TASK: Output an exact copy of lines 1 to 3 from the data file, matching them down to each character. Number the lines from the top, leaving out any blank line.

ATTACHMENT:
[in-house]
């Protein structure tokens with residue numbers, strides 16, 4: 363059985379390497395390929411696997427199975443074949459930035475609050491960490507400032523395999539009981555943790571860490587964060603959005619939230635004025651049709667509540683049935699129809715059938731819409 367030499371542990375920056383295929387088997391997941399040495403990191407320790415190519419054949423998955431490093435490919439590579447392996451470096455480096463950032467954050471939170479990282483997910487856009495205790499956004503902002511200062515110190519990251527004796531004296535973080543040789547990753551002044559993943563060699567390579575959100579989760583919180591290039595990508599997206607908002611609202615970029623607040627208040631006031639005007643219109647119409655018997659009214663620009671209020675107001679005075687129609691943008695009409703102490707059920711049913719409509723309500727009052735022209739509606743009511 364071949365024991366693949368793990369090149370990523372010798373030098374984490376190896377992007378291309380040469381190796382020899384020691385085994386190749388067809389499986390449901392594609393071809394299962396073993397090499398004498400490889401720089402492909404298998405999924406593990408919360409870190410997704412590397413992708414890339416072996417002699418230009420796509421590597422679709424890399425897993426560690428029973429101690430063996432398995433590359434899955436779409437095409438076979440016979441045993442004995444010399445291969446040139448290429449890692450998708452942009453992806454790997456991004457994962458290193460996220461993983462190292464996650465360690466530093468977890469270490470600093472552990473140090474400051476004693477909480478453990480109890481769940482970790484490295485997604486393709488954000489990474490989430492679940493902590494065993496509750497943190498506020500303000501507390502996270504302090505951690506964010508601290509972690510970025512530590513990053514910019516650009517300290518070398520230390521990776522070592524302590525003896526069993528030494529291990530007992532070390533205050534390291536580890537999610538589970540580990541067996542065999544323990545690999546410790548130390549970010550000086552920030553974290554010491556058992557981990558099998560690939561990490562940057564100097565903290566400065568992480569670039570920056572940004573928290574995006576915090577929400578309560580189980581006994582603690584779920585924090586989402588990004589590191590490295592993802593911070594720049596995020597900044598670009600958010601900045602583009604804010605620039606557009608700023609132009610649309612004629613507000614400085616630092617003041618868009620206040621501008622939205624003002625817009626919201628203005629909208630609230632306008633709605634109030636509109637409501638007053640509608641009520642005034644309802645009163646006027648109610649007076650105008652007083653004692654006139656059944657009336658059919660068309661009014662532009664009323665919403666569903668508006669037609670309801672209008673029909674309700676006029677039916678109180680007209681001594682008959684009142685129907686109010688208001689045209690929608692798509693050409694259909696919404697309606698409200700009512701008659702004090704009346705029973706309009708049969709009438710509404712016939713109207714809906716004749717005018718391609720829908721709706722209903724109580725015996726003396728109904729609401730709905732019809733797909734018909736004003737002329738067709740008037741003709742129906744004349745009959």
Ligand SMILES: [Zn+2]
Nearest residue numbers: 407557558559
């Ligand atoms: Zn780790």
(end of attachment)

[in-house]
């Protein structure tokens with residue numbers, strides 16, 4: 363059985379390497395390929411696997427199975443074949459930035475609050491960490507400032523395999539009981555943790571860490587964060603959005619939230635004025651049709667509540683049935699129809715059938731819409 367030499371542990375920056383295929387088997391997941399040495403990191407320790415190519419054949423998955431490093435490919439590579447392996451470096455480096463950032467954050471939170479990282483997910487856009495205790499956004503902002511200062515110190519990251527004796531004296535973080543040789547990753551002044559993943563060699567390579575959100579989760583919180591290039595990508599997206607908002611609202615970029623607040627208040631006031639005007643219109647119409655018997659009214663620009671209020675107001679005075687129609691943008695009409703102490707059920711049913719409509723309500727009052735022209739509606743009511 364071949365024991366693949368793990369090149370990523372010798373030098374984490376190896377992007378291309380040469381190796382020899384020691385085994386190749388067809389499986390449901392594609393071809394299962396073993397090499398004498400490889401720089402492909404298998405999924406593990408919360409870190410997704412590397413992708414890339416072996417002699418230009420796509421590597422679709424890399425897993426560690428029973429101690430063996432398995433590359434899955436779409437095409438076979440016979441045993442004995444010399445291969446040139448290429449890692450998708452942009453992806454790997456991004457994962458290193460996220461993983462190292464996650465360690466530093468977890469270490470600093472552990473140090474400051476004693477909480478453990480109890481769940482970790484490295485997604486393709488954000489990474490989430492679940493902590494065993496509750497943190498506020500303000501507390502996270504302090505951690506964010508601290509972690510970025512530590513990053514910019516650009517300290518070398520230390521990776522070592524302590525003896526069993528030494529291990530007992532070390533205050534390291536580890537999610538589970540580990541067996542065999544323990545690999546410790548130390549970010550000086552920030553974290554010491556058992557981990558099998560690939561990490562940057564100097565903290566400065568992480569670039570920056572940004573928290574995006576915090577929400578309560580189980581006994582603690584779920585924090586989402588990004589590191590490295592993802593911070594720049596995020597900044598670009600958010601900045602583009604804010605620039606557009608700023609132009610649309612004629613507000614400085616630092617003041618868009620206040621501008622939205624003002625817009626919201628203005629909208630609230632306008633709605634109030636509109637409501638007053640509608641009520642005034644309802645009163646006027648109610649007076650105008652007083653004692654006139656059944657009336658059919660068309661009014662532009664009323665919403666569903668508006669037609670309801672209008673029909674309700676006029677039916678109180680007209681001594682008959684009142685129907686109010688208001689045209690929608692798509693050409694259909696919404697309606698409200700009512701008659702004090704009346705029973706309009708049969709009438710509404712016939713109207714809906716004749717005018718391609720829908721709706722209903724109580725015996726003396728109904729609401730709905732019809733797909734018909736004003737002329738067709740008037741003709742129906744004349745009959």
Ligand SMILES: [Zn+2]